College Marketing Budgets Could be Slashed by Senate Bill
Democratic Senators Kay Hagan of North Carolina and Tom Harkin of Iowa have proposed a bill that would prohibit institutions of higher education from spending any federal student aid money on marketing or advertising.
The core tenet of this proposition being that tax payer dollars should only be spent on the direct costs of education: such as instruction, career-placement services, and other initiatives that would improve students’ postsecondary experience and elevate their possibilities after graduation.
Currently, institutions are allowed to use federal student aid to recruit students, and according to the data, some allocate large percentages of these dollars to attract new students:
- Fifteen of the largest for-profit higher-education companies receive an average of 86 percent of their revenues from federal student-aid funds, and spent an average of 23 percent of their budgets on marketing.
Opponents of the bill argue that some institutions need to spend more money on marketing in order to reach the nontraditional talent they target, which they argue is harder to engage. Research shows that there is a significant divide between the marketing budgets of for-profit institutions when compared to those of nonprofit schools:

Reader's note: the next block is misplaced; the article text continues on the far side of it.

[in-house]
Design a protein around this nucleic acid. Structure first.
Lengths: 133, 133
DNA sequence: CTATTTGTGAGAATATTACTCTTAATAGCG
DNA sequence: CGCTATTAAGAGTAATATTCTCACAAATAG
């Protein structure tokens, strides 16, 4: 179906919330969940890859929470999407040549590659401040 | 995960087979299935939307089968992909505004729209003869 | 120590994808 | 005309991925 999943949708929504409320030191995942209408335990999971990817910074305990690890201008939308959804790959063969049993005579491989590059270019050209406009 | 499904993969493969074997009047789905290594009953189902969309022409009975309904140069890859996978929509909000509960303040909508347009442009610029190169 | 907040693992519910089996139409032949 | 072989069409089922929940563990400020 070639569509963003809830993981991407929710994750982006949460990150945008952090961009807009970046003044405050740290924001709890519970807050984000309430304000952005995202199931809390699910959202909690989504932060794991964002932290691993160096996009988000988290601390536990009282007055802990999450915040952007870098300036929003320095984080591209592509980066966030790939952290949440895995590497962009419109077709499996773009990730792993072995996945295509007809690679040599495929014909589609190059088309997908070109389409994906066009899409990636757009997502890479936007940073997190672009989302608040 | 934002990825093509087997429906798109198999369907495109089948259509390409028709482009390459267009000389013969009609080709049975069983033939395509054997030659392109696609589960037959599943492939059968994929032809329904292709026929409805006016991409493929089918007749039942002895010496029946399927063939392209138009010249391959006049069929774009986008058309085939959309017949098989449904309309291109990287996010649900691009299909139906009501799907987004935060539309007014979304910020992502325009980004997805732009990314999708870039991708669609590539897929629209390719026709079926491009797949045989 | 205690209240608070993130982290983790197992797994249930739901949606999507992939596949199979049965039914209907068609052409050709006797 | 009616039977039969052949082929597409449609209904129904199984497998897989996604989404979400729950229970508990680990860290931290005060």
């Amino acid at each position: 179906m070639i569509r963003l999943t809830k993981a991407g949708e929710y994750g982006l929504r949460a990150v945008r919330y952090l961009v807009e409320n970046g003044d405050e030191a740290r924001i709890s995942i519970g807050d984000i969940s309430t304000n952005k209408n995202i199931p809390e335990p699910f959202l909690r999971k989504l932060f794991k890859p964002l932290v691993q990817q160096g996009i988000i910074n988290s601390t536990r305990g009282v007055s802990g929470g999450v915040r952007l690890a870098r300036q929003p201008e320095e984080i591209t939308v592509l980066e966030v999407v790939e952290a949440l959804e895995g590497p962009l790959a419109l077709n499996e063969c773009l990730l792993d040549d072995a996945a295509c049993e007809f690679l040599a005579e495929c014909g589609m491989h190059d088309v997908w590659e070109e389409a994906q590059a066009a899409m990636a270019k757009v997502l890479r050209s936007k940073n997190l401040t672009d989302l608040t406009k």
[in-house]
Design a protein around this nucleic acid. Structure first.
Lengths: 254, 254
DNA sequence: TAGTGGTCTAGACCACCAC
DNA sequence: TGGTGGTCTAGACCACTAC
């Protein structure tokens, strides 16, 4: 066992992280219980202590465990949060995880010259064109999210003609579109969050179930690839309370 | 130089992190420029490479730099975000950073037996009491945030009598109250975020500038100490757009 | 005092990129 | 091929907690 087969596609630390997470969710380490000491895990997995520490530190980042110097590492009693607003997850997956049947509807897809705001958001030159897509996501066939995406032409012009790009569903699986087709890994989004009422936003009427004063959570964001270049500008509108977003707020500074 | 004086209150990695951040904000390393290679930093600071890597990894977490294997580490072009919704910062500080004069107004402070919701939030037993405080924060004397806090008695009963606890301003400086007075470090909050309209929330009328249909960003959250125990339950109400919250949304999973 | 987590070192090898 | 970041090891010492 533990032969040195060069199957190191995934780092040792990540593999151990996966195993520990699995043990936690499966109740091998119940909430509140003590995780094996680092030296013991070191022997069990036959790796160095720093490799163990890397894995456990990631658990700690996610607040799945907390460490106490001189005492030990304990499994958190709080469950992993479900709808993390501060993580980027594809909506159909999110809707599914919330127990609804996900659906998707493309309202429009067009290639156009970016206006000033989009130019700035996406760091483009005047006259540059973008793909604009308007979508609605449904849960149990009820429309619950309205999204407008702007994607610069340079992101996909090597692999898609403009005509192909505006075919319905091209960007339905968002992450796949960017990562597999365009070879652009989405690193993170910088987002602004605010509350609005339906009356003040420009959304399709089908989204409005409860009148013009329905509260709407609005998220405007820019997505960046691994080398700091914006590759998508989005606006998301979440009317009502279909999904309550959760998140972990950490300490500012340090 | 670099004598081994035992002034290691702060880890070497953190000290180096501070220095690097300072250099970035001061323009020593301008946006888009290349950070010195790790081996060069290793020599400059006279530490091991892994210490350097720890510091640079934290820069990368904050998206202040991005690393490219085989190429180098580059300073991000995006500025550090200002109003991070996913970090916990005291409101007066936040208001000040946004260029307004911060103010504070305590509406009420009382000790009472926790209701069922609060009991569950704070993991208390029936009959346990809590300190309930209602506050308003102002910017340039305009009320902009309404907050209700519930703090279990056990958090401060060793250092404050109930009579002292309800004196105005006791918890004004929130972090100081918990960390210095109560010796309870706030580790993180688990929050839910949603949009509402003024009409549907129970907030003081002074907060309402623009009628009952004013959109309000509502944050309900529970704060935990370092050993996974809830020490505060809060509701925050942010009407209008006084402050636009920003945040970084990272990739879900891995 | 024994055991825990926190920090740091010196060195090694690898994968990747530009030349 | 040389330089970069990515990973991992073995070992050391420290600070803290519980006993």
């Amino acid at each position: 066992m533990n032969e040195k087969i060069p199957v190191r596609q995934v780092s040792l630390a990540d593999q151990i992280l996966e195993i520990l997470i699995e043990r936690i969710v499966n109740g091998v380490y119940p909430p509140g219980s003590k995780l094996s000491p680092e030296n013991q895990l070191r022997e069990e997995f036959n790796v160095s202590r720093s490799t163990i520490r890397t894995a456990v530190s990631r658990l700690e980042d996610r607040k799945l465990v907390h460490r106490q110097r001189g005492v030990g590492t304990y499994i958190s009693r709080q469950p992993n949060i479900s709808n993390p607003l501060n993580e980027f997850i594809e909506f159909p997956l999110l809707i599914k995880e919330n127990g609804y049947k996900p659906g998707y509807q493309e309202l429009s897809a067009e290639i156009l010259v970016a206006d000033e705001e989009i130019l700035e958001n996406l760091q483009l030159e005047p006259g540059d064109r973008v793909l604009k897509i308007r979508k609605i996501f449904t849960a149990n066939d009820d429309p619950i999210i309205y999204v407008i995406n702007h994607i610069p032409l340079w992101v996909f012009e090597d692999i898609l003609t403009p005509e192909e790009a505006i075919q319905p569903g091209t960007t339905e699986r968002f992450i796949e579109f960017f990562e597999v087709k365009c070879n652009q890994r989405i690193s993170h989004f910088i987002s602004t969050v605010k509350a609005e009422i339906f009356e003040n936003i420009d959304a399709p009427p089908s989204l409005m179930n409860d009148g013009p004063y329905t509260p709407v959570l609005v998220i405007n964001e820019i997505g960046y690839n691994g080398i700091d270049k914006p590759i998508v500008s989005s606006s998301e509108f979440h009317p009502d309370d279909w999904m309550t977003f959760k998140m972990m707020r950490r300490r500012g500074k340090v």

- While marketing budgets in the for-profit sector can approach 40 percent of revenues, nonprofit institutions spend an average of 0.5 percent of their revenues on marketing.
Today, for most postsecondary institutions, marketing and advertising drive applications and inevitably keep their doors open. ConnectEDU offers admissions and recruiting products that make attracting the right students and enrolling them easier and more efficient. Our products enable schools to spend more money on the direct costs of education by saving money spent on increasing the number of applicants and enrollment yield. Our eCRUIT product increases recruitment yield by discovering talent, executing marketing campaigns, tracking results, and making data-driven recommendations. EYOp increases Enrollment Yield by allowing accepted students to interact with the postsecondary institutions they are interested in, before choosing to enroll.
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